As of Nov. 17, county officials were examining whether 146 provisional ballots could be counted. Votebeat Arizona reported that those ballots were from voters who checked in with poll workers at a vote center and left without being checked out. However, no statewide race was decided by fewer than 500 votes, according to Arizona’s uncertified election results as of Nov. 21.

Maricopa County Supervisor Bill Gates speaks inside the Recorders Office, Nov. 9, 2022, in Phoenix. (AP)

People were given options on how to vote

Voters in Maricopa County were not disenfranchised, according to voting rights experts, election officials and a local judge.

“People were still able to vote, it was just a matter of maybe not voting in the way they wanted to,” Gates said Nov. 8. “We do not believe that anyone has been disenfranchised, because no one has been turned away. “

Ross Trumble, Lake’s spokesperson, said voters’ video testimonials that Lake shared on her Twitter and Instagram pages supported her claim that voters were disenfranchised Nov. 8. But a New York Times analysis found that about 75% of voters offering those accounts said they had been inconvenienced, but ultimately able to cast a ballot. Most others were vague about whether they’d been able to cast ballots that were counted.

“Every voter who went to one of the voting locations affected was still able to cast their ballot,” said Sophia Solis, an Arizona secretary of state’s office spokesperson. Ballots that could not be tabulated at voting centers were instead tabulated at the Maricopa County Tabulation and Election Center, a central count site, which is “how most counties process Election Day ballots,” she said.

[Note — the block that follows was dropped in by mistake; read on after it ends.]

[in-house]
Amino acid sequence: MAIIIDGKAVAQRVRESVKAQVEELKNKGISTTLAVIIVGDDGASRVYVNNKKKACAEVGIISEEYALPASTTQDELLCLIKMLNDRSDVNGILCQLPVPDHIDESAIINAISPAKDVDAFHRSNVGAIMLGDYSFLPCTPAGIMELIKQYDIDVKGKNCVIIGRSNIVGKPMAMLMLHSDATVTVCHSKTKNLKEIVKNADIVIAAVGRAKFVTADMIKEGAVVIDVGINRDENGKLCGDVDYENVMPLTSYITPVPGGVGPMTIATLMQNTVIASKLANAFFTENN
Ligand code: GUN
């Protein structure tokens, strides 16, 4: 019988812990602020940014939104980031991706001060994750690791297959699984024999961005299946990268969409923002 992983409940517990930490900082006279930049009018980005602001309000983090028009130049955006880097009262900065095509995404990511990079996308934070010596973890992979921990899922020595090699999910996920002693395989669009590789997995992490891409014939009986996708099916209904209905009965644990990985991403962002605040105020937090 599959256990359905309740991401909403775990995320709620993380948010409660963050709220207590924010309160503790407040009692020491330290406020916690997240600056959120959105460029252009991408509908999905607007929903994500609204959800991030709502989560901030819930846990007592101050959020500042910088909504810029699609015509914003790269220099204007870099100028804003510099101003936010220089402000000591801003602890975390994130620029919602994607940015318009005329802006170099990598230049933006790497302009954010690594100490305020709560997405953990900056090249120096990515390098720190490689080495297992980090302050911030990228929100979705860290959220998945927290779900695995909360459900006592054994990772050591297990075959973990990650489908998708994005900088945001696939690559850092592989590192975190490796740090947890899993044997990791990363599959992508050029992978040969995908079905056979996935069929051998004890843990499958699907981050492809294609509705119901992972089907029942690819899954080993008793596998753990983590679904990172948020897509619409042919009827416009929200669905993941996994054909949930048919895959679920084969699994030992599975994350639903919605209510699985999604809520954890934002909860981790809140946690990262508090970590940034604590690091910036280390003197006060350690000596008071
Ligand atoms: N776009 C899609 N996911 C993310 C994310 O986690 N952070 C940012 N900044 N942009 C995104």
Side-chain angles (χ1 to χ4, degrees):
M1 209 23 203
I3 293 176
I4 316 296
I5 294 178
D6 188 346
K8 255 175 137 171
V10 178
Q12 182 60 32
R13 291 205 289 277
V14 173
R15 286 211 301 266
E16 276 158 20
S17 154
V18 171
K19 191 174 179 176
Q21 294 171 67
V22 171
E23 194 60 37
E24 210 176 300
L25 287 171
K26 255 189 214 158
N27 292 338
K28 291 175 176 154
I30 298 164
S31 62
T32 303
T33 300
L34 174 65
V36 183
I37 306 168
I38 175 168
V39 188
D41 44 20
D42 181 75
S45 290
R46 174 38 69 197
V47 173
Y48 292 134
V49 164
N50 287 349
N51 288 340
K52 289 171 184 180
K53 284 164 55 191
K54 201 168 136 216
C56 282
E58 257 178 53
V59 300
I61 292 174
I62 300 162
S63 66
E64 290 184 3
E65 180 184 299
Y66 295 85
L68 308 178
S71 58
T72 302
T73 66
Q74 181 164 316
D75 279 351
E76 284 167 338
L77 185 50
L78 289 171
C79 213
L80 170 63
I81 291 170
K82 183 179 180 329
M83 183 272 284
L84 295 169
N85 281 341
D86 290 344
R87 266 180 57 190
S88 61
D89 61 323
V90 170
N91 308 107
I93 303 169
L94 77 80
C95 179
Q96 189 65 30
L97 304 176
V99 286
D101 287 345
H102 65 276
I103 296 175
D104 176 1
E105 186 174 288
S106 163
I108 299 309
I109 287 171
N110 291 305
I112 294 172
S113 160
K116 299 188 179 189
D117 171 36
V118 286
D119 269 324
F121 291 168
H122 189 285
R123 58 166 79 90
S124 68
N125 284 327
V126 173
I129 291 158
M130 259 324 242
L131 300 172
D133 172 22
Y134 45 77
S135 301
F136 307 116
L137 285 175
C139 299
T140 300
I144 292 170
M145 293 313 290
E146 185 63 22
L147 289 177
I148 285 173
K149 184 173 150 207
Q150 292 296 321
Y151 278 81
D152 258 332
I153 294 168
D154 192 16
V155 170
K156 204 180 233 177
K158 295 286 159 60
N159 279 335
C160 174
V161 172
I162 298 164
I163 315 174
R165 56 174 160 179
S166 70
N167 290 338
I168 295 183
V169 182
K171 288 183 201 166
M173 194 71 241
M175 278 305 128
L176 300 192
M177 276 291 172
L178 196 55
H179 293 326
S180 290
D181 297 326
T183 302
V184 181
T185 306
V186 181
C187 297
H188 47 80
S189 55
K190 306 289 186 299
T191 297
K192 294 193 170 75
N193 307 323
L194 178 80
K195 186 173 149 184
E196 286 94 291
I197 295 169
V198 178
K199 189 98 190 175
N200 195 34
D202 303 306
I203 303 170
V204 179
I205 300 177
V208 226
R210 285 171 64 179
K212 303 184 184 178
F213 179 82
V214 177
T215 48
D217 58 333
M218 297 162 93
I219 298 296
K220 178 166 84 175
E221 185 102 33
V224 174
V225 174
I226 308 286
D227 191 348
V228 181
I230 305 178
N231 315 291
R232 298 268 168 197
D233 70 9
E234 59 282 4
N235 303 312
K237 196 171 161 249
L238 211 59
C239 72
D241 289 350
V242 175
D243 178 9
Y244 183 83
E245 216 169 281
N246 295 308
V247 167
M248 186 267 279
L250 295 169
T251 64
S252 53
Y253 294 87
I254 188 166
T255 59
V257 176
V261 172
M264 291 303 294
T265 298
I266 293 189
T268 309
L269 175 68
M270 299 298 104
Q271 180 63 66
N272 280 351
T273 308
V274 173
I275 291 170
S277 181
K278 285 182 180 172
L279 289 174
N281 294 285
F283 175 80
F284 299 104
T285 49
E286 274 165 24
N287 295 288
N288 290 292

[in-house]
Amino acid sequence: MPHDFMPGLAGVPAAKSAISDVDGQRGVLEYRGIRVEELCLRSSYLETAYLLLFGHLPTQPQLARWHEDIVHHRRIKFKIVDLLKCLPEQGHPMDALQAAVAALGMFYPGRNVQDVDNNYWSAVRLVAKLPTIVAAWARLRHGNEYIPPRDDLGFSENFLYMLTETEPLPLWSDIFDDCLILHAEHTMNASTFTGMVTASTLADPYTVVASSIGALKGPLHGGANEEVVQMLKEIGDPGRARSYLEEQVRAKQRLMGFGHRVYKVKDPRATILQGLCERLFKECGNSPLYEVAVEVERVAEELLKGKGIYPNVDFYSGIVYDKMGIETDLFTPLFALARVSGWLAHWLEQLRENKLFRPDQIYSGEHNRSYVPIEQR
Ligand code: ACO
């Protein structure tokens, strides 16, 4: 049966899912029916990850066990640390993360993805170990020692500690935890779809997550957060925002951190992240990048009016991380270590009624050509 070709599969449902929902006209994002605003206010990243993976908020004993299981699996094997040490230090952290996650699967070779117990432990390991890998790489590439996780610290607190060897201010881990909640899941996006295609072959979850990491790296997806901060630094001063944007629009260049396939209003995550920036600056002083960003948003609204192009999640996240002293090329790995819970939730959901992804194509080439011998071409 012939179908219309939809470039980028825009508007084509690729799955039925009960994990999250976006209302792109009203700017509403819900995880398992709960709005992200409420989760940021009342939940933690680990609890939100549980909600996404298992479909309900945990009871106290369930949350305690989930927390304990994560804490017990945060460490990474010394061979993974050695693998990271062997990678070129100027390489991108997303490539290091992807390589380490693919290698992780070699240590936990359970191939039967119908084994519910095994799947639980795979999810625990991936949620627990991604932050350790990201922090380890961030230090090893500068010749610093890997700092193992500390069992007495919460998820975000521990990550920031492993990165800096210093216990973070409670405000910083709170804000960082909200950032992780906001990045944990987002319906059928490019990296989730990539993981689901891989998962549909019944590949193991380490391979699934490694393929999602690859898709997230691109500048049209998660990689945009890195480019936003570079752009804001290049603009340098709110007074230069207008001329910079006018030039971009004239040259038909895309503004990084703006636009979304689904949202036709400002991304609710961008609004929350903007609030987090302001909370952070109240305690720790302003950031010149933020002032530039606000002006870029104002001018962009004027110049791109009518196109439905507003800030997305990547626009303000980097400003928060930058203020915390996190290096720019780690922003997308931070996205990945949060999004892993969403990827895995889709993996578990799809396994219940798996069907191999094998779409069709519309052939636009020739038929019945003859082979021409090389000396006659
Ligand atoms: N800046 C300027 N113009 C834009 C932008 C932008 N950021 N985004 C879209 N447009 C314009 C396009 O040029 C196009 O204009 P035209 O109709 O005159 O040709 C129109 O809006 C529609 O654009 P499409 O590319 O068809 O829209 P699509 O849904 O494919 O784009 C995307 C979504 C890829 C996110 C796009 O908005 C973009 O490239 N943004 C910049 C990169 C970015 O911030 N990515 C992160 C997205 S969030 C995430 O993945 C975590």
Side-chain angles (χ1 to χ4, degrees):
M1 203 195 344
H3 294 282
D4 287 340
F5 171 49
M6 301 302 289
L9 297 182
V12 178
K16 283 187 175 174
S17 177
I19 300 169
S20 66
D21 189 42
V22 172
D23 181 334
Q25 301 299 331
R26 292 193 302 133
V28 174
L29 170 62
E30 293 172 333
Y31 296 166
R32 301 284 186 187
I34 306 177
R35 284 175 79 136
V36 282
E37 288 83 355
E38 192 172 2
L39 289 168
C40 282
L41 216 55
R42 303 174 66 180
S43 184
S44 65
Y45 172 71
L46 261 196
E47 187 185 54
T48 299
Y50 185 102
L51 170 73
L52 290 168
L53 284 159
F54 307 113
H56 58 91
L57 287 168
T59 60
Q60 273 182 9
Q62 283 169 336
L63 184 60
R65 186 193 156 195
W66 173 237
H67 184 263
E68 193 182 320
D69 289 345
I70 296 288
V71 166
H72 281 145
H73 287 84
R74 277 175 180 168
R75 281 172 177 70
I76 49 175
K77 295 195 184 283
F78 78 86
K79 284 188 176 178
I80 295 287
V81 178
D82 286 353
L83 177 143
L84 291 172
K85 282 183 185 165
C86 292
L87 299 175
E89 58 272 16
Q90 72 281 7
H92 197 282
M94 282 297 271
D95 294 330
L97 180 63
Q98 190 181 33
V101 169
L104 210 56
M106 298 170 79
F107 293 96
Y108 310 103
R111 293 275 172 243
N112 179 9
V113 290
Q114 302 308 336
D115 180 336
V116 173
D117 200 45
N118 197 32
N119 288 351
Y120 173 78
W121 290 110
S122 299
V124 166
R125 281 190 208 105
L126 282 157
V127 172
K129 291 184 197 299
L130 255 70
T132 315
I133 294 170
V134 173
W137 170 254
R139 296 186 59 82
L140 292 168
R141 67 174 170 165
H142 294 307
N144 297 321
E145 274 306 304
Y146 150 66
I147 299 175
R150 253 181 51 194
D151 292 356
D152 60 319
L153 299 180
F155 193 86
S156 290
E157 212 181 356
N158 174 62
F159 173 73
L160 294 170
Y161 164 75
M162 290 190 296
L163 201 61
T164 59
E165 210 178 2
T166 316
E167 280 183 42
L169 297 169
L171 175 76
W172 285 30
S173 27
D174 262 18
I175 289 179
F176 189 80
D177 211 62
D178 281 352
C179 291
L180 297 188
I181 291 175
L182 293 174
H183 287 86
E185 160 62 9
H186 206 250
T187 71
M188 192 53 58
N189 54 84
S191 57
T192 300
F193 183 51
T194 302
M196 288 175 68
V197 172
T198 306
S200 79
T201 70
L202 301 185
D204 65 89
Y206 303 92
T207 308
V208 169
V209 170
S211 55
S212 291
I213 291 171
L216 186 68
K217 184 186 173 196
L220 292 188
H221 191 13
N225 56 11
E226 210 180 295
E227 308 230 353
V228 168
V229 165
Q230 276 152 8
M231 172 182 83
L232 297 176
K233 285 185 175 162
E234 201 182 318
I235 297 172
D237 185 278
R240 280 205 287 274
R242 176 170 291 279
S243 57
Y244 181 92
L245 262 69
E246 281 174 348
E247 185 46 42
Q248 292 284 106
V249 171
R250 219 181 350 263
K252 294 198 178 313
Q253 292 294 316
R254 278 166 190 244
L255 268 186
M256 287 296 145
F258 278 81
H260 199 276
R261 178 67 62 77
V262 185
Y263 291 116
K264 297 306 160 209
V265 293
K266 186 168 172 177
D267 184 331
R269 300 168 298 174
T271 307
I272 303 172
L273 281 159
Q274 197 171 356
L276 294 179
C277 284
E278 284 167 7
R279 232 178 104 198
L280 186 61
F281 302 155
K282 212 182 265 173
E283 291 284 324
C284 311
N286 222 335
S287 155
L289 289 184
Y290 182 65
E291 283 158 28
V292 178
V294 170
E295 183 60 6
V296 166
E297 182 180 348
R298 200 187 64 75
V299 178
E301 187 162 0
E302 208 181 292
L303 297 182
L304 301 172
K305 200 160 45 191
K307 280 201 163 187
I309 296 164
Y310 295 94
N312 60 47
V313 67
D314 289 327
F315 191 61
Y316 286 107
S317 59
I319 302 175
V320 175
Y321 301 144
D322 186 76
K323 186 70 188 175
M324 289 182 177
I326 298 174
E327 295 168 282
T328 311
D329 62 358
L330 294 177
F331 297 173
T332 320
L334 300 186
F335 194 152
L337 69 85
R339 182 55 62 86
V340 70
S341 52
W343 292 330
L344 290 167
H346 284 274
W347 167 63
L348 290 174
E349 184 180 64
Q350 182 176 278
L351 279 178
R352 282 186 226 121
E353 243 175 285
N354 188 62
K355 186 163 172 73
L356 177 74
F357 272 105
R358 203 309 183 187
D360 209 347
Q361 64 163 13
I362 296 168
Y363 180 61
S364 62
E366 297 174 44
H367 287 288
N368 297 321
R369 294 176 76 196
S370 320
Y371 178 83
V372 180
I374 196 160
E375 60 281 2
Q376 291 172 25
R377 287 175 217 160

An election worker verifies a ballot on a screen inside the Maricopa County Recorders Office, Nov. 10, 2022, in Phoenix. (AP)

Alex Gulotta, the Arizona state director of the voting rights advocacy group All Voting Is Local, said he had not seen evidence that voters were disenfranchised, although the tabulator problems sometimes caused lines that “exceeded best practice standards.”

Ideally, people should not wait more than 30 minutes to vote, and some people had to wait longer than that in some locations, Gulotta said. Still, all voters in line when polls closed were allowed to vote, he said.

News reports said that some voters waited in line for a few hours. But long lines alone aren’t a sign of voter disenfranchisement, said Charles Stewart, a political science professor at MIT.

There is some evidence long waits can be disenfranchising for minority communities, Stewart said. “However, if the effect isn’t systematic, but due to random bad luck, it’s hard to argue that’s disfranchisement.”

Voters wait in line outside a polling station, Nov. 8, 2022, in Tempe, Ariz. (AP)

Technical problems at voting centers in Maricopa County did not disproportionately affect Republican voters, according to a Washington Post analysis that contradicted claims from Lake and Trump.

The Republican National Committee sued to keep Maricopa County vote centers open an additional three hours on Election Day. It argued that the voting equipment issues and incorrect instructions from poll workers prevented people from voting.

A court rejected the request, saying there was no evidence that voters were precluded from voting. The plaintiffs voluntarily dismissed the lawsuit Nov. 15.

PolitiFact staff writer Amy Sherman and contributing writer Sara Swann contributed to this report.